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There is a little confusion over the term 'community' as it is usually used to describe fish (e.g. 'community fish') that can be kept together in a 'community aquarium' where all the inhabitants will get along.

This 'labeling' system, which is often used in books and on labels in fish shops has a few flaws, as not all fish labeled as 'community fish' will get along, defeating the point of the term being used.

The problem occurs because even some fish that are generally peaceful and trouble-free may squabble with other normally peaceful fish, but it is difficult to exclude them from the 'community' label because in the majority of cases they would not cause difficulty.

As an example the Red-eye tetra is a peaceful, active shoaling fish and so is the popular Guppy. Both these fish can be classed as good community fish but together; the red-eye tetras will nip/bite at the guppies.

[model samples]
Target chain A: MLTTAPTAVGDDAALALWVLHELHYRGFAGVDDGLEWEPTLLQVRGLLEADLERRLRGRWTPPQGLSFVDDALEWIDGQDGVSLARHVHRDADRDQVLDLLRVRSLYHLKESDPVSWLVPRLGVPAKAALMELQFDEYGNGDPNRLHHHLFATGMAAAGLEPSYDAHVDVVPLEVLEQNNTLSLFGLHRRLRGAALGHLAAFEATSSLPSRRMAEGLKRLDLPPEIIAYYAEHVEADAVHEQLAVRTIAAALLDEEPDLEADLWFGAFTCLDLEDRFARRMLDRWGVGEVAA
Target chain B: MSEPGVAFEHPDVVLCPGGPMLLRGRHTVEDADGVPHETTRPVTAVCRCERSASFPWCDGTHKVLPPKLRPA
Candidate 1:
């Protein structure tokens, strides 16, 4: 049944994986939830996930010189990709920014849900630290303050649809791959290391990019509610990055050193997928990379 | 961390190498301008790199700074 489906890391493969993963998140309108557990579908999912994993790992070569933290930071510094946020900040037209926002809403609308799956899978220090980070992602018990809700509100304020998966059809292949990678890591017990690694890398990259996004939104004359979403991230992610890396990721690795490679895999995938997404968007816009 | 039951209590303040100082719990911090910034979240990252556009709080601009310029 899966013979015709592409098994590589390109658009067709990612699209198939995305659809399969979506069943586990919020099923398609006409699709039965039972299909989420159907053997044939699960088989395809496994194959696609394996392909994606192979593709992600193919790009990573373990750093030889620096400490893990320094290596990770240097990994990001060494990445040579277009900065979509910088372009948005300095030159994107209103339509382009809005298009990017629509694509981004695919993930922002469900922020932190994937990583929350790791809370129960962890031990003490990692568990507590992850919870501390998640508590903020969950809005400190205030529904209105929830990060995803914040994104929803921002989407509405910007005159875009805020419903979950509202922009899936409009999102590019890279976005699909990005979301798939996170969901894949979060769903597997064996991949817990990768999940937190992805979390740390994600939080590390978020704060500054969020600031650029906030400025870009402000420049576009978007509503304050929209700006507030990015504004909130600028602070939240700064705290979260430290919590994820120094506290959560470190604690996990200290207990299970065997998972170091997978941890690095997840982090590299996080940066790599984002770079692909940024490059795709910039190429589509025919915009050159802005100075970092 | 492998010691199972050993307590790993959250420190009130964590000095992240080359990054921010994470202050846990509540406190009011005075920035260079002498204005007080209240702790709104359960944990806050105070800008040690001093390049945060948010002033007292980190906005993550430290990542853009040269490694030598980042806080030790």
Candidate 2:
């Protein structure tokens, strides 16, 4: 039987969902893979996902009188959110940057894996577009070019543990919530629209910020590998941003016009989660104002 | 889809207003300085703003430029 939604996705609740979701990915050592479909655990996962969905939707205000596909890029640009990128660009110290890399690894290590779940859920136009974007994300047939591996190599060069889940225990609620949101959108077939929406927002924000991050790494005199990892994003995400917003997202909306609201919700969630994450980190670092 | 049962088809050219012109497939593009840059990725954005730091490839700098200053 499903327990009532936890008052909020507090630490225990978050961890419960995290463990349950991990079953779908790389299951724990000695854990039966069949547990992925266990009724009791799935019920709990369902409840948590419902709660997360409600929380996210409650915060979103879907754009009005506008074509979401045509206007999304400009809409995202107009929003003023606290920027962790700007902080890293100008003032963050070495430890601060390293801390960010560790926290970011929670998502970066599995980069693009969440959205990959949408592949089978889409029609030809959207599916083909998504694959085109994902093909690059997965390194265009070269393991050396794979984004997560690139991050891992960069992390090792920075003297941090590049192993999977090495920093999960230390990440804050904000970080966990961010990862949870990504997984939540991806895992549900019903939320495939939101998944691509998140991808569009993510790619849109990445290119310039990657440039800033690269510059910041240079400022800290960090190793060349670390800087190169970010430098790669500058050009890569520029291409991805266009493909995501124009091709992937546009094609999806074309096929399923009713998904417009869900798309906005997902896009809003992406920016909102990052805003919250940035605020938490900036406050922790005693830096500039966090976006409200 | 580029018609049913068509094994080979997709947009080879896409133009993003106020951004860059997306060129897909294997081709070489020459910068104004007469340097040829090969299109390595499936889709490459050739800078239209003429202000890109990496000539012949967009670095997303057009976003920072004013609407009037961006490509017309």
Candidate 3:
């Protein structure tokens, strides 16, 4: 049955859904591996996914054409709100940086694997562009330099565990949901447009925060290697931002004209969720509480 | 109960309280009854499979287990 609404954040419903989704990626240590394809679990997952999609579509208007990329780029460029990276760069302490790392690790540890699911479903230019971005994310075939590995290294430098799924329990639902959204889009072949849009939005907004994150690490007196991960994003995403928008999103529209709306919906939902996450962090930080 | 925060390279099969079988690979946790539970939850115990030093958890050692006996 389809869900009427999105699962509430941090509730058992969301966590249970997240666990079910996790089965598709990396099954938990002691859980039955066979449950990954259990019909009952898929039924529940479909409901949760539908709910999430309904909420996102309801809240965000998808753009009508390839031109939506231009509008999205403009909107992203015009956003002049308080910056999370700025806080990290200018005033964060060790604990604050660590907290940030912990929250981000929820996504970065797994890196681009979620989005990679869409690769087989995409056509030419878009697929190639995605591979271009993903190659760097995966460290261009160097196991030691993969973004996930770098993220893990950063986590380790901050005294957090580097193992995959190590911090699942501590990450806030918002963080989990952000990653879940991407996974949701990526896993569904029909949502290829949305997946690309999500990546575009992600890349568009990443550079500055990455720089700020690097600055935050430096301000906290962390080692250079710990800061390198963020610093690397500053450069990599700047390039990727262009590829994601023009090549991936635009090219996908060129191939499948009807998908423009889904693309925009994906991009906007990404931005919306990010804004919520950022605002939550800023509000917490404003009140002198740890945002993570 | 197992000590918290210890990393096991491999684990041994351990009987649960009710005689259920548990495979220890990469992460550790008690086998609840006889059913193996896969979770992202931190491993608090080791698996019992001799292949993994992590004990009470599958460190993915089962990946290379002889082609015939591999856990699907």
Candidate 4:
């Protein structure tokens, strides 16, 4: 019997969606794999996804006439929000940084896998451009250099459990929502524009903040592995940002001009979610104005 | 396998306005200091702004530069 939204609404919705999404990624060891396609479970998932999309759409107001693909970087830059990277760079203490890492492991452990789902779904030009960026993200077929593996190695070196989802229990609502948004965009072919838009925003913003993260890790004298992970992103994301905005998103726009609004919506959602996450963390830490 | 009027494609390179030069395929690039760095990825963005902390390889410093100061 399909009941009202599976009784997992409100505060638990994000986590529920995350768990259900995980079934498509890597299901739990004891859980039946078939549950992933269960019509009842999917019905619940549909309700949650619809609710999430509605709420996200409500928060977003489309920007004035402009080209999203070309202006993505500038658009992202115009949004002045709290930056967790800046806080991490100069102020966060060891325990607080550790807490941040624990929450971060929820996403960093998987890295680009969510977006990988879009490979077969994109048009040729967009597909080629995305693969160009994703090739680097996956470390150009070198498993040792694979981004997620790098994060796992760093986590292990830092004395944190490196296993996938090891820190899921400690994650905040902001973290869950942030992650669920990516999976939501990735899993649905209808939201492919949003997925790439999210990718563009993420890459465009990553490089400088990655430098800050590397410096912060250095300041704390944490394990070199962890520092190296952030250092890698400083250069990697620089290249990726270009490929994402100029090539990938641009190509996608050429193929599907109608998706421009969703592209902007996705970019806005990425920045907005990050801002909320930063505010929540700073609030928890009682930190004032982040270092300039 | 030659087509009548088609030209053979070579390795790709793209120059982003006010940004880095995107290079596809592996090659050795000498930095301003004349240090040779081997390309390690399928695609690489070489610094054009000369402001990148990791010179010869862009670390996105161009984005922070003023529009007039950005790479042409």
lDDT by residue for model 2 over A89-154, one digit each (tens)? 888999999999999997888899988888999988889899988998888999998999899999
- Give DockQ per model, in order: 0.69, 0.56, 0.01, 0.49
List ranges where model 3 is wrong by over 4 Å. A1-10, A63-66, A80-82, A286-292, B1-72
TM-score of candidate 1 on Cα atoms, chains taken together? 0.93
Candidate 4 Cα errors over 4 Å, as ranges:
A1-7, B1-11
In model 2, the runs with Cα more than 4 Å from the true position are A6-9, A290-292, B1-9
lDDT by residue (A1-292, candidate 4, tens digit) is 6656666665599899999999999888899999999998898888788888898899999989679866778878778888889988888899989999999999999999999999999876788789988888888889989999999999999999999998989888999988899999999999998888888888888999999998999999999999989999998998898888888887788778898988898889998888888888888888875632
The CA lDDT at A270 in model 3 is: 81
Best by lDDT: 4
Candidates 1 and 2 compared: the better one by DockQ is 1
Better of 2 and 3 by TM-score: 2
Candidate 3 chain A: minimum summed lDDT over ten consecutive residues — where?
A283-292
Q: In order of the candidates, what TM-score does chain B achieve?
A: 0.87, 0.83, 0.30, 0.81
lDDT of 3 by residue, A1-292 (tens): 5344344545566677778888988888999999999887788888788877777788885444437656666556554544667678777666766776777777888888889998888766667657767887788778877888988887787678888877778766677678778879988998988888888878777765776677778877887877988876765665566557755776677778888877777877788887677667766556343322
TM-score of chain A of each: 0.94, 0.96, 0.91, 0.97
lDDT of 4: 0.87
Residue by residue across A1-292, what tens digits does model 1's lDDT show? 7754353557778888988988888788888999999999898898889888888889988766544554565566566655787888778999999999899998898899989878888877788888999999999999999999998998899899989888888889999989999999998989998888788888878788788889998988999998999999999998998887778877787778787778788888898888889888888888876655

Because of these occasional situations the term 'community fish' should be used as a rough guide, indicating that the fish in question will in the majority of cases, be a peaceful fish. Using the term for a 'community aquarium' however, is a different matter.

A community aquarium is simply an aquarium containing a mixture of fishes that make good tankmates. This does not mean they can be mixed with all peaceful fishes, just that the fish in that particular mixture make a good community of fish. For instance, an aquarium stocked with Lake Malawi cichlids could be described as a 'rift lake community aquarium', or one stocked with fish from South America could be described as a 'South-American community aquarium'. The fish within each of these two communities will get along fine with the other fish in the tank, but if the two communities were mixed together there would be major conflicts of interest both in terms of the fishes behaviors and the water conditions the fish require.

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